Recently at work our maintenance team gifted me with a small empty wooden cable or wire spool. (Do they know me or what!?)
I had seen so many examples of the larger spools being repurposed into tables, and I knew there must be a use for this size too. A quick review of Pinterest yielded several good ideas, but my favorite was the creation of a counterop coffee station. It seemed simple enough, and after some planning I decided my coffee station needed to meet the following criteria:
- Be as compact as possible to save countertop space.
- Spin for easy access to all the cups.
- Decoratively corral supplies on top so they would not “fly off” while spinning.
- Have a “vintage cottage kitchen” look.
Here are the steps I used to complete my coffee station!
I removed the two full-length bolts that held the cardboard center tube in place, and retained those for a future project. I pulled the tube loose easily from the top and bottom wooden pieces.
Using spray adhesive, I wrapped the tube in a carefully measured and cut piece of textured wallpaper that I had on hand.
You could also paint the center tube, cover it in Contact paper, wrap it in nautical-style rope, or even wrap it in a mosaic tile sheet finished with grout – whatever suits the look you’re going for. I trimmed the excess off the ends so the paper was flush with the cardboard tube.
I sanded both sides of each of the wood pieces, and painted both pieces top and bottom with three coats of leftover white paint.
I used my E-6000 glue to attach a spinning spice rack to the underside of the bottom piece of wood. Mine was already white – you might have to paint yours depending on what color you need it to be.
I attached white screw-in cup hooks to the underside of the wooden top, using my trusty “eyeball-it” method and a stand-in stunt mug to figure out the spacing of the hooks.
The key here is to make sure the cups don’t touch or clink together, so be sure to use your largest cup as your stunt mug. I set my hooks far enough in so the cups would hang under the top edge, as this would save space. I also had to experiment with a variety of hook sizes so that the hook would fit my cup handles but not drop the cup so far down that it touched the wood base. (I now have a lifetime supply of cup hooks of varying sizes and finishes that were used in testing!)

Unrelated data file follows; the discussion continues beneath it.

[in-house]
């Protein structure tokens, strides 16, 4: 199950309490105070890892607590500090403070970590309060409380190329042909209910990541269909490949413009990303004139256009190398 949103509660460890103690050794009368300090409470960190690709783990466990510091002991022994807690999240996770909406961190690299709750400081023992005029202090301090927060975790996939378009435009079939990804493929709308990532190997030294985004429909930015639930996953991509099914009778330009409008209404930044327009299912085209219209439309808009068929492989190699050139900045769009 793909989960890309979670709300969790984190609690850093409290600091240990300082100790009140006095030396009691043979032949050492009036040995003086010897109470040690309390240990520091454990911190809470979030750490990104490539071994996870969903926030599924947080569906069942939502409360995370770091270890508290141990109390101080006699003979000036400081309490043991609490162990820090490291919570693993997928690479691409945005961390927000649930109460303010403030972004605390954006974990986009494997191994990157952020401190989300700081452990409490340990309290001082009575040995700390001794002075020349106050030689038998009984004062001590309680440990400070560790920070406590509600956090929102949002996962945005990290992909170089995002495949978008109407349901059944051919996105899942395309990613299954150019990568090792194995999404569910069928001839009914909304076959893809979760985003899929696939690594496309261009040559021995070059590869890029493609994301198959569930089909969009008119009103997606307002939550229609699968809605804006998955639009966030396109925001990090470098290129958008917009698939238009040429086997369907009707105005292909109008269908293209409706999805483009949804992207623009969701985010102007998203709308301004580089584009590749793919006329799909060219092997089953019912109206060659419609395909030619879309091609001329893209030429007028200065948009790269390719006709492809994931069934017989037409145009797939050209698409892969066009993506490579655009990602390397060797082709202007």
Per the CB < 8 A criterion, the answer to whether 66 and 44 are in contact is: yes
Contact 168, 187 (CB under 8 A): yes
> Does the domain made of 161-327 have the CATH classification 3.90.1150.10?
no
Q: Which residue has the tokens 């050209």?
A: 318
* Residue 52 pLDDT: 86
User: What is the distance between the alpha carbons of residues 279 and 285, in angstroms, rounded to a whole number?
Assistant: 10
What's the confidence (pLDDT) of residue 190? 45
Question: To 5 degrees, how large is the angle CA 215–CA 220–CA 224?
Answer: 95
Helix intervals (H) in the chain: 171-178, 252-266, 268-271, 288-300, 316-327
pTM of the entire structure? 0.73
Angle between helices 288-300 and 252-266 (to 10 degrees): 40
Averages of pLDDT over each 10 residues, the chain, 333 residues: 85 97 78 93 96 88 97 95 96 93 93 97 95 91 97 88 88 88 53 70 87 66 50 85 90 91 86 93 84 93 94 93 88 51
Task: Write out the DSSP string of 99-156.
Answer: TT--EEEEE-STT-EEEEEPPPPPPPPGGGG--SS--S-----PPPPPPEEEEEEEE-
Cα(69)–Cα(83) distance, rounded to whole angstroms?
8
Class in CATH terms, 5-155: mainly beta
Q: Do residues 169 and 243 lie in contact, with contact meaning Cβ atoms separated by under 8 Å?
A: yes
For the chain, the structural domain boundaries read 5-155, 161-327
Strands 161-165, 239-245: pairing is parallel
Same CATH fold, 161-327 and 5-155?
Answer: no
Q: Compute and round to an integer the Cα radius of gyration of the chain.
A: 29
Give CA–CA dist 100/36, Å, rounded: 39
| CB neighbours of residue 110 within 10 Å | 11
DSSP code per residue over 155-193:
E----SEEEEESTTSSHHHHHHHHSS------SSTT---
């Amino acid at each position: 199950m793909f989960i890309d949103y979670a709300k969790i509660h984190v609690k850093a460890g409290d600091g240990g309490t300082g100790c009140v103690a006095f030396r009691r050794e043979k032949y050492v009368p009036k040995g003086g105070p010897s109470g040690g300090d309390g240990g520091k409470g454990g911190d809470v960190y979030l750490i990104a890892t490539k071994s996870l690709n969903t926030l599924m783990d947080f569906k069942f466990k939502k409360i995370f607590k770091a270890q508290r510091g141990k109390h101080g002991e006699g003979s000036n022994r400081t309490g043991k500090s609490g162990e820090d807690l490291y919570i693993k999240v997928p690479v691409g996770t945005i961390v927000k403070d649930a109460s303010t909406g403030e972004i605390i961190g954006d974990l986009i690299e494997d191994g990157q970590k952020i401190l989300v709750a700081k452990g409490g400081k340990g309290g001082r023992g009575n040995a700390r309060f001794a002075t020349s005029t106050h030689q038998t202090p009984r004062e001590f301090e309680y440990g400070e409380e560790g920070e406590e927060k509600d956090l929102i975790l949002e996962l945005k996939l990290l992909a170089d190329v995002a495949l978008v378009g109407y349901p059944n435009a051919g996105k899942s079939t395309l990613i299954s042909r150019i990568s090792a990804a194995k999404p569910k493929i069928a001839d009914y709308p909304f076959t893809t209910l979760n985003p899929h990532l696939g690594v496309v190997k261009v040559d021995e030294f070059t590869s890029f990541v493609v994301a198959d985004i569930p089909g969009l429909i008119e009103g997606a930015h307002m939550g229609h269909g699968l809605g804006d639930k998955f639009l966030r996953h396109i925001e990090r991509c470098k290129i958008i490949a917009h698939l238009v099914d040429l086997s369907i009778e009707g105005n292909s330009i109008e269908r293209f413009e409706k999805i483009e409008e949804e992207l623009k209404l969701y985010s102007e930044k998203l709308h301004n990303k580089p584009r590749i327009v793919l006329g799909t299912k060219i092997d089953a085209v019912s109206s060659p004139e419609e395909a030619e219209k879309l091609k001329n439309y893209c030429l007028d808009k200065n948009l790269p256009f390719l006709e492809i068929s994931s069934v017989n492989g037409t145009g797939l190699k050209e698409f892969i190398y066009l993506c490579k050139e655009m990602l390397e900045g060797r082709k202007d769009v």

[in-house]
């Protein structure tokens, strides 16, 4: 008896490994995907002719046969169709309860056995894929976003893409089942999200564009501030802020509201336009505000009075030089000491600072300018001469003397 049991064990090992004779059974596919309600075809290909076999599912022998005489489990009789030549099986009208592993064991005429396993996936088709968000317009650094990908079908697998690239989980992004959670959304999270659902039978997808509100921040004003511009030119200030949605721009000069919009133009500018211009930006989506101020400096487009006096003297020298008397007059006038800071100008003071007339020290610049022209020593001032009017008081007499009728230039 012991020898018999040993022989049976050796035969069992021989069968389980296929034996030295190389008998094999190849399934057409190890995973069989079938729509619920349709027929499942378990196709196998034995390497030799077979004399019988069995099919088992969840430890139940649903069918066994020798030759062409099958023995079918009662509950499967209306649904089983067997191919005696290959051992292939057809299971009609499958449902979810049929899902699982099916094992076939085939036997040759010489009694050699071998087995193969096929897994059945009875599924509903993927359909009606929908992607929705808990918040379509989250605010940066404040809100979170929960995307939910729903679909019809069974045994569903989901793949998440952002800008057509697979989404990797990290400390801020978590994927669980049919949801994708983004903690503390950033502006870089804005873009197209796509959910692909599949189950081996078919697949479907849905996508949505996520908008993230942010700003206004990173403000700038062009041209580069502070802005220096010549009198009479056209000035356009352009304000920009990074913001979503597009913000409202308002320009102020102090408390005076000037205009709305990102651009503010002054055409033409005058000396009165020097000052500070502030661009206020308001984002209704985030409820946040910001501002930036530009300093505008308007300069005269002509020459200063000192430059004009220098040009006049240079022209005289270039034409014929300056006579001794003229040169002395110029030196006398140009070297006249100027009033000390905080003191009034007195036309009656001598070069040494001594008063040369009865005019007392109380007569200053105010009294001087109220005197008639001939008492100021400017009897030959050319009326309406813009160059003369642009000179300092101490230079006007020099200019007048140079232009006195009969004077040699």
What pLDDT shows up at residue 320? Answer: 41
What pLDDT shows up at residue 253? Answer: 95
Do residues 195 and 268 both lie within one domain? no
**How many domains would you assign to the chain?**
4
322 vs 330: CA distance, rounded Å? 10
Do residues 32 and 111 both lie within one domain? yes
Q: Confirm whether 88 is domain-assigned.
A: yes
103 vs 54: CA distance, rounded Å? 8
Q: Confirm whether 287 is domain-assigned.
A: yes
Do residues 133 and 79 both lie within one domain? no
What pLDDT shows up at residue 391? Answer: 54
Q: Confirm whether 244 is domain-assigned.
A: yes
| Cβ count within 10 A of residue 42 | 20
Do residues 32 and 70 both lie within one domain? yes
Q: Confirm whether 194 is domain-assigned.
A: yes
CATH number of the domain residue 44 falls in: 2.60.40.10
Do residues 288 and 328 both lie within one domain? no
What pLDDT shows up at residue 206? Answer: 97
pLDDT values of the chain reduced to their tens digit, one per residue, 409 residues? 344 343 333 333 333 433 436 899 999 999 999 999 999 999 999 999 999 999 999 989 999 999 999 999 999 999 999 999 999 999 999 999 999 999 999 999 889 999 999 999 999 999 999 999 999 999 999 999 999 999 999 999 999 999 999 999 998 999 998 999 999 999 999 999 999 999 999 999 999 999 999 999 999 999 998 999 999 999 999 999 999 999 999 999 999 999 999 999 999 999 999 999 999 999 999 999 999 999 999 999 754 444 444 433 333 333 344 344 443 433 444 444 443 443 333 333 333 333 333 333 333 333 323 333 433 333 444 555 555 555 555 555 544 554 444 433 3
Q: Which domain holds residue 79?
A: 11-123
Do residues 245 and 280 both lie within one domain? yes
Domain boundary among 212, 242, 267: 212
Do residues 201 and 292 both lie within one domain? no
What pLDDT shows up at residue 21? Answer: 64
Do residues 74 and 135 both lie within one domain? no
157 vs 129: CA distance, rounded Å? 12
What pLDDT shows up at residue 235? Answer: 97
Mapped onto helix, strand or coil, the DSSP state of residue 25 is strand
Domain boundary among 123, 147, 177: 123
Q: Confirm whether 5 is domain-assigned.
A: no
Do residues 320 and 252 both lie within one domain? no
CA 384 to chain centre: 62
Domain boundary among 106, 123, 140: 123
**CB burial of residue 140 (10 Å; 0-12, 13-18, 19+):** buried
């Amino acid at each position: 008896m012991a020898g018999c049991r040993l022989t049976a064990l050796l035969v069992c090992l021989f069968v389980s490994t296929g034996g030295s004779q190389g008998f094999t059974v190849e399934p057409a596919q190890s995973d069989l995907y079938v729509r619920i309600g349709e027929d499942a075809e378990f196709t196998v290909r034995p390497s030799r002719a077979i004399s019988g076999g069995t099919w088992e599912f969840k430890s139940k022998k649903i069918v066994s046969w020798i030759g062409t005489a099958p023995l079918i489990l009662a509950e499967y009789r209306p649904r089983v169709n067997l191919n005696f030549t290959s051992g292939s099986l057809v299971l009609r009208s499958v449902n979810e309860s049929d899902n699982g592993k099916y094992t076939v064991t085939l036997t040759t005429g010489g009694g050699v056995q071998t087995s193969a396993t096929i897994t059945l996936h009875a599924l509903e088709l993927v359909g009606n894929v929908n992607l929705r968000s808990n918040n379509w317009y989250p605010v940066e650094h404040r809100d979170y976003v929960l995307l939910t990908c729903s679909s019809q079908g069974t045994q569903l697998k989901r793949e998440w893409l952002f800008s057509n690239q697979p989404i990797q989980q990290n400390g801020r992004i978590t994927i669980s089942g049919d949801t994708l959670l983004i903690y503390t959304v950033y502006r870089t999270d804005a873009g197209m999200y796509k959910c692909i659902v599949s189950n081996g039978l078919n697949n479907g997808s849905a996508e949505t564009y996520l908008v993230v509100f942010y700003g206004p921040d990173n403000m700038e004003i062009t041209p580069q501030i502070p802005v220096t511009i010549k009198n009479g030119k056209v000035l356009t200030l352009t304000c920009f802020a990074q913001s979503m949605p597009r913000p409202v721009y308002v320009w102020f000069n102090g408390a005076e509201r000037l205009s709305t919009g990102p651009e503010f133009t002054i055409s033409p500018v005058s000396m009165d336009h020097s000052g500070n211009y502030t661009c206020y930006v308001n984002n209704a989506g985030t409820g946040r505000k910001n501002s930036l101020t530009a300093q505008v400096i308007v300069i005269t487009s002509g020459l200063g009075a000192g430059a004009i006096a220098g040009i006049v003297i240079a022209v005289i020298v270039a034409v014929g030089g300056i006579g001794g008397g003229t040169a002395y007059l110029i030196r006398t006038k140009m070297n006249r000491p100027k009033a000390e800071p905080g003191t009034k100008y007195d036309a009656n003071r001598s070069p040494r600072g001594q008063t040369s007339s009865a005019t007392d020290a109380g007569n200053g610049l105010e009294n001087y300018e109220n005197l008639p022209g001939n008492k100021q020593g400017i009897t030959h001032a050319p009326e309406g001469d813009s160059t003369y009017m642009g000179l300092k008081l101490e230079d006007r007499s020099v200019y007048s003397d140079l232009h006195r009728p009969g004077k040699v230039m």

The top also needed to corral supplies such as sugar and creamer packets. For this purpose I attached a decorative basket to the flat surface of the top, using small dots of hot glue around the perimeter of the basket bottom. This could also be a small wooden box painted to match, a small bin, or any small container that fits the surface and your design theme.
With the individual sections now complete, I used my E-6000 glue to re-attach the center tube to the wooden top and bottom sections. I used books as weights to hold everything solidly in place as it dried.
Once it was dry, I simply stocked my coffee station with mugs, coffee, and other supplies. It sits neatly under the kitchen cabinetry and keeps everything within easy reach.
This piece could also be used for tea or hot cocoa supplies – customize for your beverage of choice!
I’ll be sharing my repurposed wooden spool coffee station at these fun DIY parties. I’ll post direct links to the parties soon!
DIY Salvaged Junk Projects (Funky Junk Interiors)
Inspire Me Tuesday (A Stroll Thru Life)
Metamorphosis Monday (Between Naps on the Porch)